*        Three pies and two cakes

You see!!! I did it!! NO JELLO MOLD!! And no fruit compote.
I almost made a lemon meringue pie, but thought to myself “you promised you wouldn’t go crazy”, so I didn’t.
And my good dishes (the four dinner plates that are left of them after 20 years) DON’T have to be stacked with foam in between.
And it only took me three weeks – not four like my mother.
(Also, of course, my mother’s meals tasted about 700 times better than mine, but hey, nobody’s perfect.)
Of course, the fact that less than a quarter actually got eaten; that the freezers are groaning in protest; that I have enough food for the next six Jewish holidays; that if Syria should attack (chas v’chalila) there would be no food shortage in OUR house for about 3 months is not my fault.
Nobody ate enough. I don’t quite understand why people stopped eating well before their stomachs actually burst open… I don’t even think they had to open their pants button. One person loosened their belt, but only one notch.
I mean, is this Jewish??
I have vivid memories of guests at my mother’s house, sprawled across the couch, eyes glassy, tongues hanging out, belts and pants wide open. That’s how it should be! Not this namby-pamby “Oh, I’ve had enough thank you! Everything was delicious, but really, I don’t want any pie that you went especially to the shuk for to pick out the best apples.”
Ok ok, so people are smarter and healthier today than in my mother’s hey-day of cooking and eating extravaganzas.
Does that make them better Jews?
Certainly, my freezer doesn’t think so.
Next year, I’m sticking to salads and parsley. That’ll show ‘em.
Next year's Rosh HaShana's meals

And maybe a jello mold or two.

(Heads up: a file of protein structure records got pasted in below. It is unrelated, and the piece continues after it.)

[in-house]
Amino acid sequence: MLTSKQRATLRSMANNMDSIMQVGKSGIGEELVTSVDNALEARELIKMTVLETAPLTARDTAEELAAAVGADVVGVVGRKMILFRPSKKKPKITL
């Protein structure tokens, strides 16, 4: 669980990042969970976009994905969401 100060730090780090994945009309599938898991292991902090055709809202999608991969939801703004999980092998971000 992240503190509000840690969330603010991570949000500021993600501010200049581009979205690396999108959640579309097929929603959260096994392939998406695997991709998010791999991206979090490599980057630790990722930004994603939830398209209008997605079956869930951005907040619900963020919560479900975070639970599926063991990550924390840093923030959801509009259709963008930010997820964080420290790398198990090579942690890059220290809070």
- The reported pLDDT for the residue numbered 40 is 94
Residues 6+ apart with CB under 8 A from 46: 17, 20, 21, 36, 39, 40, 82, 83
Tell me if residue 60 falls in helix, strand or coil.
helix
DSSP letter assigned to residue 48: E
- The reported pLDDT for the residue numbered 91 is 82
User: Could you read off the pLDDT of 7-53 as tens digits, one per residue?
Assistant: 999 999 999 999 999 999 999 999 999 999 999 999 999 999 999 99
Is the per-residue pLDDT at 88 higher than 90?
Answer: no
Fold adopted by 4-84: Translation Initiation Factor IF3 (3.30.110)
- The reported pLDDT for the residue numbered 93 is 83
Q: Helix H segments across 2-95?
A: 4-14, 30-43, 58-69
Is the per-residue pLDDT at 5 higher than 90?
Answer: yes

Wishing all of Am Yisrael a Shana Tova U’Metuka filled with only goodness and sweetness in all forms!!



rutimizrachi said...

I think your mother must be very proud of her little maidel. Thanks for the delightful laugh! G'mar chatima tova, Reesa.

Reesasworld said...

Ruti, my mother thinks I under cook. There aren't quite enough leftovers for the entire IDF for a month....

Batya said...

My mother never cooked up a storm like that, and I don't either. But my sister-in-law spoiled my kids and they've never been satisfied with my menus ever since.
May you have a good and healthy year.

Netivotgirl said...

I wish I grew up in YOUR house! Mom was a great cook but a hard working teacher/ guidance counselor so our fare was not like yours.... And MINE is not like yours either dear Reesa! I did bake my own challot and delicious honey cakes and cook meat, chopped liver, chicken, potatoes, peas and a Moroccan meat and veggie soup, and something we call 'Tangia' (A meat dish with tons of onions and dried fruit; you get it at wedding halls near the rice, sans meat!) But ALL my salads were with raw veggies and no fancy deserts! (I did have a virus if you recall so I am grateful to Hashem that I managed the above by starting VERY early...) A LOVELY humorous blog post which I highly enjoyed! Thanks!Why do I feel hungry....?